Those who don’t pass but show promise are allowed to enroll through a program the center developed called the Academic Advancement Support Program. Students are offered tutoring, and they are picking up the reading and math skills as they progress through their classes.
“They just have to show they’re willing to go the extra mile to be successful,” Tucker said.
“Our goal is not to exclude people,” Tucker said. “Our goal is to make sure people are prepared to be able to successfully complete the training. This is college. We want to make sure they have the foundation of academic skills that’s required to complete college.”
Jones just finished his first semester at Northland. He’s in the electrical construction and maintenance program. He was nervous at first. He had never been good at math in school. Right from the first day of class at Northland, there was a lot of math.
“I was panicking. I was frantic,” he said.
But his instructor encouraged him to keep at it, and he did, often staying up late to do his homework, even texting his classmates and teacher late at night to ask questions.
“I’ve learned more since Sept. 10 (his first day of class) to now, in that little bit of time, than I did in high school,” Jones said.
The assessments serve a purpose, Tucker said.
“When you’re in advanced manufacturing or energy, you’re working on mission-critical components,” Tucker said. “Meaning, if something fails, someone can die.”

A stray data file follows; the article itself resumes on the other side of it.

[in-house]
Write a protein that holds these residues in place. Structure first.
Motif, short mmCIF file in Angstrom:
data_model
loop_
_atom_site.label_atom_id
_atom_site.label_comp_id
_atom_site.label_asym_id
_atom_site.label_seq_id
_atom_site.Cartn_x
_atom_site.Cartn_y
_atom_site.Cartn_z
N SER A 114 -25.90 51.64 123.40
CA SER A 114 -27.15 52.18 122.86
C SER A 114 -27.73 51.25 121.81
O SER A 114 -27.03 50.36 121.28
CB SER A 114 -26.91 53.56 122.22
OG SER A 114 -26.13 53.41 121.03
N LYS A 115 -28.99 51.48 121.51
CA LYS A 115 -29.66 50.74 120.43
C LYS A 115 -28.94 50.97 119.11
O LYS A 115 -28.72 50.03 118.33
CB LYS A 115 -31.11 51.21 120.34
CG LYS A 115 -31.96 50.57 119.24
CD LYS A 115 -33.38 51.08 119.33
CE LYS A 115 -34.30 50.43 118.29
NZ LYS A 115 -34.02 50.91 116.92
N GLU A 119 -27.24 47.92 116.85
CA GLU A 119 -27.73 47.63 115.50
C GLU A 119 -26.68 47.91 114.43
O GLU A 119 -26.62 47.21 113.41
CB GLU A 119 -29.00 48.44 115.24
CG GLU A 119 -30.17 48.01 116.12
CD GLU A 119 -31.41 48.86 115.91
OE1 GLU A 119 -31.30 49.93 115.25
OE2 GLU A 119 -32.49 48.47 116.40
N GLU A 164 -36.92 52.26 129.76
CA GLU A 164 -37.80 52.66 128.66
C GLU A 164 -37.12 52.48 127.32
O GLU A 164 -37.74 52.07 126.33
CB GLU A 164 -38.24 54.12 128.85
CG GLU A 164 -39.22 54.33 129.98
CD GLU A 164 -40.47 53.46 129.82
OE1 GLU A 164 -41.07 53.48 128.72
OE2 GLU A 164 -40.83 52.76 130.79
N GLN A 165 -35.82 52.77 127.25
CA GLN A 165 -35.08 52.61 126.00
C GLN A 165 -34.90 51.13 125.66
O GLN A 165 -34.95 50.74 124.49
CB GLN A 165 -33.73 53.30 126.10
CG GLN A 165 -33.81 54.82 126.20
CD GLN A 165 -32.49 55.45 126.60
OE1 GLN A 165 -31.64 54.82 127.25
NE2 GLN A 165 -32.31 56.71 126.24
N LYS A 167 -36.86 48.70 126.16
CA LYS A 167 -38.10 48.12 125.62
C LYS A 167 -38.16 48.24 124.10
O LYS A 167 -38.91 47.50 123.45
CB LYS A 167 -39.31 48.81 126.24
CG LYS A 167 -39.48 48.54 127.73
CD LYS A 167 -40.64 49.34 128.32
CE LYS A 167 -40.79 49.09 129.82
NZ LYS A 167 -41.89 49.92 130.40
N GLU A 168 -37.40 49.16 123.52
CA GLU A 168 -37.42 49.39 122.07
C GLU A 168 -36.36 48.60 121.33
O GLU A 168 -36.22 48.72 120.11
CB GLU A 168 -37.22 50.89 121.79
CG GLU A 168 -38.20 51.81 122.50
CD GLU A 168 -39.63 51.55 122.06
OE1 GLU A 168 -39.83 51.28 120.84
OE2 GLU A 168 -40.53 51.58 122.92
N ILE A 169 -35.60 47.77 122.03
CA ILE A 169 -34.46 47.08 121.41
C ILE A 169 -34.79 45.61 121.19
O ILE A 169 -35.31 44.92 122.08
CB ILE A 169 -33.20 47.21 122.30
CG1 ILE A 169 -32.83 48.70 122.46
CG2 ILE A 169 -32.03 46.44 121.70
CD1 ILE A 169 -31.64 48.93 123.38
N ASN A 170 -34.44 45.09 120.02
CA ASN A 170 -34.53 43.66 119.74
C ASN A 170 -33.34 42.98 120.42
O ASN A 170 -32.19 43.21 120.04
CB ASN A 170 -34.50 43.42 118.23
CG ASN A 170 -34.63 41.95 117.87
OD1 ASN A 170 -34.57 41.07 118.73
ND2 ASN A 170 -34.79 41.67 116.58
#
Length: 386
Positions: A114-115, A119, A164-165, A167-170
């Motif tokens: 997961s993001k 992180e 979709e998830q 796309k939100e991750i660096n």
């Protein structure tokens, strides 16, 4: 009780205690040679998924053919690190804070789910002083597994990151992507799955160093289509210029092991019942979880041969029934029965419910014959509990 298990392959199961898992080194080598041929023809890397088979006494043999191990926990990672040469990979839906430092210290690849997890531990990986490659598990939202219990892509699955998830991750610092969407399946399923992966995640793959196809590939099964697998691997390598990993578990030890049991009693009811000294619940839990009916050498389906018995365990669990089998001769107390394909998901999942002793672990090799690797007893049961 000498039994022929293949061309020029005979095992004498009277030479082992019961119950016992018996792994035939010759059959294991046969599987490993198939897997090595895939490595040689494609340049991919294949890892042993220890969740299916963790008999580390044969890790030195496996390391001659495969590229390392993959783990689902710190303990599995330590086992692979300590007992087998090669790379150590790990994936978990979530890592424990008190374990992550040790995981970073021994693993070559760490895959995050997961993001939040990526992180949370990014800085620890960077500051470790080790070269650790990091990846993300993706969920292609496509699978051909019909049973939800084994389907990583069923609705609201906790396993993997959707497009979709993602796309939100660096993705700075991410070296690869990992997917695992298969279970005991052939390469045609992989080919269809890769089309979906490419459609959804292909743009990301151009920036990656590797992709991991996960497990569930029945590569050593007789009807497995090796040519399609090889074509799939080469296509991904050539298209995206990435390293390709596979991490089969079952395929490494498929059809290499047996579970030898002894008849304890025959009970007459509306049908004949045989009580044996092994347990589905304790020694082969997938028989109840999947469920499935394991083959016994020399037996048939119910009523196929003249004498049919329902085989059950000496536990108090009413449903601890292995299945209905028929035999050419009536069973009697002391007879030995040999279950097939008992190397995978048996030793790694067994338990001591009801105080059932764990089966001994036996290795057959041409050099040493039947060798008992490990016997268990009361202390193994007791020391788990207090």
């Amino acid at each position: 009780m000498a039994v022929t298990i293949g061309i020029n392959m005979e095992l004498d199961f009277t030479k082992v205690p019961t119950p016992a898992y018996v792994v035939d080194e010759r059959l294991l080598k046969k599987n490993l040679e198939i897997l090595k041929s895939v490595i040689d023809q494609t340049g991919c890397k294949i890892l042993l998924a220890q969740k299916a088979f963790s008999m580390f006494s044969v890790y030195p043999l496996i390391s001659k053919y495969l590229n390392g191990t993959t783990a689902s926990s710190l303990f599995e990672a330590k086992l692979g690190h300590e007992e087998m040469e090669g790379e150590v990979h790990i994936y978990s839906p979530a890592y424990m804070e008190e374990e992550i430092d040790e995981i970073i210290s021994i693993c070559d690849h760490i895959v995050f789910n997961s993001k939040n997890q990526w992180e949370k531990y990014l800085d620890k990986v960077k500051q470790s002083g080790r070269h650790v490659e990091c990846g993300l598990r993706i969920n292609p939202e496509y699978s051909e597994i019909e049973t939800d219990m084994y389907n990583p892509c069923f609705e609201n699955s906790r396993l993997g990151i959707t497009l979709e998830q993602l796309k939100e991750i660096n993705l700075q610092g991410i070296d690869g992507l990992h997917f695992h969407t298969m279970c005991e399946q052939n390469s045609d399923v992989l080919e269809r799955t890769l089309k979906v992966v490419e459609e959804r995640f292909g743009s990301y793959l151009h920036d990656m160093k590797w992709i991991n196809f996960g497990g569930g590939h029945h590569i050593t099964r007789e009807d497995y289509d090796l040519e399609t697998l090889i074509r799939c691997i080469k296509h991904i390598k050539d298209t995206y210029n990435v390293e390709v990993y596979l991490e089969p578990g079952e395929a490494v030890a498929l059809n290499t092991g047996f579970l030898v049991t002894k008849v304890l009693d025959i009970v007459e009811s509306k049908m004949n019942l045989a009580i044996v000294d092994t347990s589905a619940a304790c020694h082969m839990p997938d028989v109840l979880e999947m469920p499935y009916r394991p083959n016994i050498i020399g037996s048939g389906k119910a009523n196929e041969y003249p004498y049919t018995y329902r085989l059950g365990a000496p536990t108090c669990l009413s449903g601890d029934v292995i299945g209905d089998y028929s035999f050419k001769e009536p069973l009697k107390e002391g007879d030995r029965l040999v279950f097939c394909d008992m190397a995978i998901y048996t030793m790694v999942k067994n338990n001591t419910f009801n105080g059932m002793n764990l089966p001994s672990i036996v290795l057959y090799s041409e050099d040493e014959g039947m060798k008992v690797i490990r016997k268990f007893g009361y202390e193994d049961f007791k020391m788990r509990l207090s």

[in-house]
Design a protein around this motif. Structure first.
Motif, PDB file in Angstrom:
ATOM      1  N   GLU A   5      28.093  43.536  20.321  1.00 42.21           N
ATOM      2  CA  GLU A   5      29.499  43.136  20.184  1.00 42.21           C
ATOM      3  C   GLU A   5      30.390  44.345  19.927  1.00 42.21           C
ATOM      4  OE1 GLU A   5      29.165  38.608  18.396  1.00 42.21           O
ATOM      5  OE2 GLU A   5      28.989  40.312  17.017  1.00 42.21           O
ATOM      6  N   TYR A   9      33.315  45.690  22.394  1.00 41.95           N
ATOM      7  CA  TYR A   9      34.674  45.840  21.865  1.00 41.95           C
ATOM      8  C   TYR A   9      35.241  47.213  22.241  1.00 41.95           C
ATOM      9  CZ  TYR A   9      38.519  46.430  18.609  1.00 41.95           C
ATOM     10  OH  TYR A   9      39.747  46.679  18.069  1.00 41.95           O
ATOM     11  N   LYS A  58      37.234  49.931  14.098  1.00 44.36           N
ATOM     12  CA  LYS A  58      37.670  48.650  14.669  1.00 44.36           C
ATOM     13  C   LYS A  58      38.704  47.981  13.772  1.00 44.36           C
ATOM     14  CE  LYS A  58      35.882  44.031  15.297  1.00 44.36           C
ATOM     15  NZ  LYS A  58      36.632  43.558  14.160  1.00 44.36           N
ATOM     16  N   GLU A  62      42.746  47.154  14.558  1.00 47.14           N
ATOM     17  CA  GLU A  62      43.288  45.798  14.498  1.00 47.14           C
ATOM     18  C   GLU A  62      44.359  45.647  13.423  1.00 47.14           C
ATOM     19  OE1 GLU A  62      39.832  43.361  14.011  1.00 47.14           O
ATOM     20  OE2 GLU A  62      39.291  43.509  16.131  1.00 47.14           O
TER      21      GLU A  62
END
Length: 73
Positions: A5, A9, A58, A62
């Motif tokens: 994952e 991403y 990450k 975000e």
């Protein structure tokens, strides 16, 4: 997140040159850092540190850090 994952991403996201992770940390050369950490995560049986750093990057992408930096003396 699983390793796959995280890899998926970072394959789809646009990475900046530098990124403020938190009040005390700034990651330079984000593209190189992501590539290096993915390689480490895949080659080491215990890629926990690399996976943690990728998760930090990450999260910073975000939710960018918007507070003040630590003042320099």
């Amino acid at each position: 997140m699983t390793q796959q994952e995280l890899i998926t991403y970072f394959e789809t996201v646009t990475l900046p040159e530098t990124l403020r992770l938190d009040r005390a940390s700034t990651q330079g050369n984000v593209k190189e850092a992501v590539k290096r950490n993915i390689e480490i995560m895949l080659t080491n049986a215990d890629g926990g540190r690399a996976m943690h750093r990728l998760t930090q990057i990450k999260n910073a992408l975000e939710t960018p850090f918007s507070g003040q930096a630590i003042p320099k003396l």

Northland works with a network of organizations to help students succeed, among them Catholic Charities, which opened its new Workforce Development and Education Center in the former American Axle plant on East Delavan Avenue. The center helps students get their high school equivalency and prepare them for the workforce.
“Programs like this need to exist so that we can at least offer the opportunity to bring those levels up,” Conrad said.
Why they can’t pass a test
Many reasons explain why so many people can’t meet basic education levels. People drop out from school. They grow up in unstable homes. Substance abuse and domestic violence can also disrupt education. Many have learning disabilities.
“It’s a million reasons,” said Diemert, the Literacy Zone coordinator. “At its core is poverty.”
It’s harder to go back to school if you’re poor.
Every day, Diemert and his staff at the Literacy Zone in BOCES' new Workforce Training Center in the Falls help students overcome barriers. Sometimes, it means connecting students with transportation and child care. Other times, it means helping them find food and housing.
“If you’re worried about where your kids are sleeping tonight, you’re not learning,” he said.
Organizations throughout the region are coordinating their efforts.
“There are now more opportunities than ever for people seeking job training, said Tara Schafer, executive director of Literacy New York Buffalo-Niagara, whose 200 volunteers help provide free one-on-one tutoring to about 350 people. "We're really excited by what we see with all of the workforce development."
But, she said, "there still remains unequal opportunities because of their personal challenges.”